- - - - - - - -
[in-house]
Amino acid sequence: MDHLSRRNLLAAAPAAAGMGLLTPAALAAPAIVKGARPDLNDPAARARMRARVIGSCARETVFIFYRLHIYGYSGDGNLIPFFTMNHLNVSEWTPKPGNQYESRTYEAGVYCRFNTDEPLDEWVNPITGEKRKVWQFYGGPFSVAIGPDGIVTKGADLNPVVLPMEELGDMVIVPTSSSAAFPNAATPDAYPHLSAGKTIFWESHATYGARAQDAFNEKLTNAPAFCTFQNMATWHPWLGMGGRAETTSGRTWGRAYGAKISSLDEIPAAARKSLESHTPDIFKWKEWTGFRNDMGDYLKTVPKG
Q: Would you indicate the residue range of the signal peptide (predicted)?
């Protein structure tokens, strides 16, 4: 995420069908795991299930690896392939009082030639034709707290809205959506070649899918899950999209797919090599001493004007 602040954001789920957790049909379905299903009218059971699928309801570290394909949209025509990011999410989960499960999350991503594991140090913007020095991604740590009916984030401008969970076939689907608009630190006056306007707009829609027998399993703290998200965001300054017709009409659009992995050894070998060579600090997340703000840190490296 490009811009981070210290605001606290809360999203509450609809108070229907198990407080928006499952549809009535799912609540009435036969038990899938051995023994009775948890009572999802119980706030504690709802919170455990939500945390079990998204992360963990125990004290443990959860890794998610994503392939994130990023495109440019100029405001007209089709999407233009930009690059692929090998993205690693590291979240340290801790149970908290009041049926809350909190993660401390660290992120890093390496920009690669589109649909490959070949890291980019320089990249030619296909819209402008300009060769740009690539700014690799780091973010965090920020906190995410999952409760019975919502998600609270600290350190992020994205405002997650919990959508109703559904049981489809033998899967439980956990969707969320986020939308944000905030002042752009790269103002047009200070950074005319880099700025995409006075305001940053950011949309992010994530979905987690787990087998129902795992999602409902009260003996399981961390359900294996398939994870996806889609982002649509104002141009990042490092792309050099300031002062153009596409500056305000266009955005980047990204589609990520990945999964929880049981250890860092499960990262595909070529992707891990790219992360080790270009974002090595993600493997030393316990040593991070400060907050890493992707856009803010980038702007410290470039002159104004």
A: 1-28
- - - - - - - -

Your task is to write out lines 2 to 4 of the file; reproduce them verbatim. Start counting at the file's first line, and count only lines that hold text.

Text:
Amino acid sequence: MDHLSRRNLLAAAPAAAGMGLLTPAALAAPAIVKGARPDLNDPAARARMRARVIGSCARETVFIFYRLHIYGYSGDGNLIPFFTMNHLNVSEWTPKPGNQYESRTYEAGVYCRFNTDEPLDEWVNPITGEKRKVWQFYGGPFSVAIGPDGIVTKGADLNPVVLPMEELGDMVIVPTSSSAAFPNAATPDAYPHLSAGKTIFWESHATYGARAQDAFNEKLTNAPAFCTFQNMATWHPWLGMGGRAETTSGRTWGRAYGAKISSLDEIPAAARKSLESHTPDIFKWKEWTGFRNDMGDYLKTVPKG
Q: Would you indicate the residue range of the signal peptide (predicted)?
């Protein structure tokens, strides 16, 4: 995420069908795991299930690896392939009082030639034709707290809205959506070649899918899950999209797919090599001493004007 602040954001789920957790049909379905299903009218059971699928309801570290394909949209025509990011999410989960499960999350991503594991140090913007020095991604740590009916984030401008969970076939689907608009630190006056306007707009829609027998399993703290998200965001300054017709009409659009992995050894070998060579600090997340703000840190490296 490009811009981070210290605001606290809360999203509450609809108070229907198990407080928006499952549809009535799912609540009435036969038990899938051995023994009775948890009572999802119980706030504690709802919170455990939500945390079990998204992360963990125990004290443990959860890794998610994503392939994130990023495109440019100029405001007209089709999407233009930009690059692929090998993205690693590291979240340290801790149970908290009041049926809350909190993660401390660290992120890093390496920009690669589109649909490959070949890291980019320089990249030619296909819209402008300009060769740009690539700014690799780091973010965090920020906190995410999952409760019975919502998600609270600290350190992020994205405002997650919990959508109703559904049981489809033998899967439980956990969707969320986020939308944000905030002042752009790269103002047009200070950074005319880099700025995409006075305001940053950011949309992010994530979905987690787990087998129902795992999602409902009260003996399981961390359900294996398939994870996806889609982002649509104002141009990042490092792309050099300031002062153009596409500056305000266009955005980047990204589609990520990945999964929880049981250890860092499960990262595909070529992707891990790219992360080790270009974002090595993600493997030393316990040593991070400060907050890493992707856009803010980038702007410290470039002159104004």